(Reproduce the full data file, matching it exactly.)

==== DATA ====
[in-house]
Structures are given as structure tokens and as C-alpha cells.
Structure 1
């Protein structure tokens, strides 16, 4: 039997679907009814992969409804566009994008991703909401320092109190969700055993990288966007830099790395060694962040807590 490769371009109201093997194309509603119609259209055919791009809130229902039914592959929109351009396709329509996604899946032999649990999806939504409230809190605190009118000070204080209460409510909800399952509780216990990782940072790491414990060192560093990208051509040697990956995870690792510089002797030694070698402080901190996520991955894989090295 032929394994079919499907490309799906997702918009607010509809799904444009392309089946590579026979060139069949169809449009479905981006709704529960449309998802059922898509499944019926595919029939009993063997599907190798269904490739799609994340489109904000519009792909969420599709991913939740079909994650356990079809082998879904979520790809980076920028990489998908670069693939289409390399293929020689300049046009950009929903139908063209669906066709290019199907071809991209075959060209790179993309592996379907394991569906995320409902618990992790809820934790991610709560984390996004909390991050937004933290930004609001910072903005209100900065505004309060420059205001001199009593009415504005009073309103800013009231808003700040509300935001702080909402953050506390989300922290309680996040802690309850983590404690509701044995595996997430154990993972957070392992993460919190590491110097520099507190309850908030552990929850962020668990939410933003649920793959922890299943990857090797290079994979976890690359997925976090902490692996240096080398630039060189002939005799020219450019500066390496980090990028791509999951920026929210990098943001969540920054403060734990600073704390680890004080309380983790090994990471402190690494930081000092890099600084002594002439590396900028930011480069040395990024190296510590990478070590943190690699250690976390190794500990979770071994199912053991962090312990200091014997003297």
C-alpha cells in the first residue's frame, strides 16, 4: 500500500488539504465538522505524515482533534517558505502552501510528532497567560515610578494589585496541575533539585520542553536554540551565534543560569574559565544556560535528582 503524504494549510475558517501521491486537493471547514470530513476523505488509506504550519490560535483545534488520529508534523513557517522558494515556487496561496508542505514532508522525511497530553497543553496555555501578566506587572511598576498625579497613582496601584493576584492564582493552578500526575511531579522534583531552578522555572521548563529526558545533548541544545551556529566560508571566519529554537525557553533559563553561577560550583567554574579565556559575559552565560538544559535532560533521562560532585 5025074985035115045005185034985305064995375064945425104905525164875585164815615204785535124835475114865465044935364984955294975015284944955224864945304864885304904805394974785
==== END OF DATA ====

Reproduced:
[in-house]
Structures are given as structure tokens and as C-alpha cells.
Structure 1
């Protein structure tokens, strides 16, 4: 039997679907009814992969409804566009994008991703909401320092109190969700055993990288966007830099790395060694962040807590 490769371009109201093997194309509603119609259209055919791009809130229902039914592959929109351009396709329509996604899946032999649990999806939504409230809190605190009118000070204080209460409510909800399952509780216990990782940072790491414990060192560093990208051509040697990956995870690792510089002797030694070698402080901190996520991955894989090295 032929394994079919499907490309799906997702918009607010509809799904444009392309089946590579026979060139069949169809449009479905981006709704529960449309998802059922898509499944019926595919029939009993063997599907190798269904490739799609994340489109904000519009792909969420599709991913939740079909994650356990079809082998879904979520790809980076920028990489998908670069693939289409390399293929020689300049046009950009929903139908063209669906066709290019199907071809991209075959060209790179993309592996379907394991569906995320409902618990992790809820934790991610709560984390996004909390991050937004933290930004609001910072903005209100900065505004309060420059205001001199009593009415504005009073309103800013009231808003700040509300935001702080909402953050506390989300922290309680996040802690309850983590404690509701044995595996997430154990993972957070392992993460919190590491110097520099507190309850908030552990929850962020668990939410933003649920793959922890299943990857090797290079994979976890690359997925976090902490692996240096080398630039060189002939005799020219450019500066390496980090990028791509999951920026929210990098943001969540920054403060734990600073704390680890004080309380983790090994990471402190690494930081000092890099600084002594002439590396900028930011480069040395990024190296510590990478070590943190690699250690976390190794500990979770071994199912053991962090312990200091014997003297």
C-alpha cells in the first residue's frame, strides 16, 4: 500500500488539504465538522505524515482533534517558505502552501510528532497567560515610578494589585496541575533539585520542553536554540551565534543560569574559565544556560535528582 503524504494549510475558517501521491486537493471547514470530513476523505488509506504550519490560535483545534488520529508534523513557517522558494515556487496561496508542505514532508522525511497530553497543553496555555501578566506587572511598576498625579497613582496601584493576584492564582493552578500526575511531579522534583531552578522555572521548563529526558545533548541544545551556529566560508571566519529554537525557553533559563553561577560550583567554574579565556559575559552565560538544559535532560533521562560532585 5025074985035115045005185034985305064995375064945425104905525164875585164815615204785535124835475114865465044935364984955294975015284944955224864945304864885304904805394974785